On a recent visit with our son who lives in Michigan, we visited a place in a small village outside of Detroit known as the largest Christmas store in the world. If any item had anything to do with the holiday, season, gift giving, or decorating for Christmas, this story (which was like a mall in itself) had a section for what you were looking for. Or, at least, they made you feel that way. Despite all that, there was something else that caught my imagination more than anything on offer for sale. It was how they chose to say “welcome.”
In the entrance area of the store, above the main doors, there hung this sign saying “welcome” in over 50 languages. Here’s a shot of only part of the sign.
My son seems to have inherited (learned or otherwise) my fascination with languages, and long after Lydia and his significant other had gone in to start shopping, we stood in the entry area, pondering over the sign. While all of the words in the various languages were supposed to be understood as “welcome” between the two of us, we were seeing that how people in different languages choose to say “welcome” differed widely. And, yes, they did have Latin included in their list, so let’s start there.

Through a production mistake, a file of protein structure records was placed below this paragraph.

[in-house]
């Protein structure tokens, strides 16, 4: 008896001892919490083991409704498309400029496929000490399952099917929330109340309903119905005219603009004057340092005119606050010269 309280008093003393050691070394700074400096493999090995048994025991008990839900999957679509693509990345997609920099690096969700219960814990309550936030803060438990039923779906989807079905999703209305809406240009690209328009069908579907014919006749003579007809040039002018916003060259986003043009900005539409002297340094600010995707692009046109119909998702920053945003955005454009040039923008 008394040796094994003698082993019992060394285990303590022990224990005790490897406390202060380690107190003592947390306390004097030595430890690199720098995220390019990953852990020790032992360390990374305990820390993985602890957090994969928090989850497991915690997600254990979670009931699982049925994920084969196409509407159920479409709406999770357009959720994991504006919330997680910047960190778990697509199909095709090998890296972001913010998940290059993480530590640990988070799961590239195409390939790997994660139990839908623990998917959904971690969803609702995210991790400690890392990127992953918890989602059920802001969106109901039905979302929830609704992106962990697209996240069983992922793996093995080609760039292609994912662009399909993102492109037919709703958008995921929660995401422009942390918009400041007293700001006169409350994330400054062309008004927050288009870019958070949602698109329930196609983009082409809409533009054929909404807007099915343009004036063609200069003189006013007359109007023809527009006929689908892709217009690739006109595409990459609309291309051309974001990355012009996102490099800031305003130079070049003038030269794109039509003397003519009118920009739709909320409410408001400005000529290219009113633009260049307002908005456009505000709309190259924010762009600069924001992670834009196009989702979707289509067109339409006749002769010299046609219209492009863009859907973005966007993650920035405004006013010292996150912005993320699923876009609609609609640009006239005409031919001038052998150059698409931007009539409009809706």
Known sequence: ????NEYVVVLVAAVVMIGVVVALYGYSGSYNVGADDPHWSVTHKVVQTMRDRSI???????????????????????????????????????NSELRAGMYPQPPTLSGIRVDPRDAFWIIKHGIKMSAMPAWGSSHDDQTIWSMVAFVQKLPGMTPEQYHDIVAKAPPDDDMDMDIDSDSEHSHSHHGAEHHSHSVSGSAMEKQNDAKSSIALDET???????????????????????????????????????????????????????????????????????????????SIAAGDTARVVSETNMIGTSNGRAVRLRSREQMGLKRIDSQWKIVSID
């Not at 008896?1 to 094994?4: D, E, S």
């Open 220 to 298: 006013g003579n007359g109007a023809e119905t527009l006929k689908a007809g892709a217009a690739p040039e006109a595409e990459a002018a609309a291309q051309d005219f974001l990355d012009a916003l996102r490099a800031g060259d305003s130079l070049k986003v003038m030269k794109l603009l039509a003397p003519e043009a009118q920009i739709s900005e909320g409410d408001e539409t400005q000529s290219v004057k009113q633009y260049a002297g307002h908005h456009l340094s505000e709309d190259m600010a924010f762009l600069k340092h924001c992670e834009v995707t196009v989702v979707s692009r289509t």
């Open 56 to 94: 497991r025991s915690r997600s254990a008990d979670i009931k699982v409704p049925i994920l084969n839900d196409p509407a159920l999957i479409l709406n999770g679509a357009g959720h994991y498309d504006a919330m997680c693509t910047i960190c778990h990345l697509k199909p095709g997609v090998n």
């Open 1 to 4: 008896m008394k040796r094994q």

Salvete! This Latin word really is a command, and it means: be healthy!
Shalom, the Hebrew word, means: Peace.
The Italian, Bien venuto, French, Bienvenue, and Portuguese, Bem Vindo are all made of the words for good/well and the word for coming or traveling to some place. The greeting literally congratulates the one arriving for their good, well, safe travel.
The Danish, Welkomen, the German, Willkommen, the Afrikaans, Welkom and the English, Welcome, all echo that sense of having traveled, or come to this place, well.
The Irish, Cead Mile Failte adds enthusiasm beyond measure as the three word phrase means “a hundred thousand welcomes.”
My son’s personal fascination was with the Arabic which he had studied in college. There are variations on the welcome greeting, and the one on the sign was not the one he was most familiar with. It seems that it is a much more traditional welcome, spelled in Latin letters as ahlan wa sahlan. It carries the sense of “you are among family and you are in safe territory.”
All of these human, culturally grounded, forms of welcome offer me something to consider. I want my welcome to those who arrive at our doors to feel like peace. I want them to feel good about the effort they made to arrive at our community’s sacred space. I want them to feel our enthusiasm for THEM. And most deeply, I want them to feel that when they are here, in our community, that they are among family, that they are in a very safe place. They are welcome. They are home.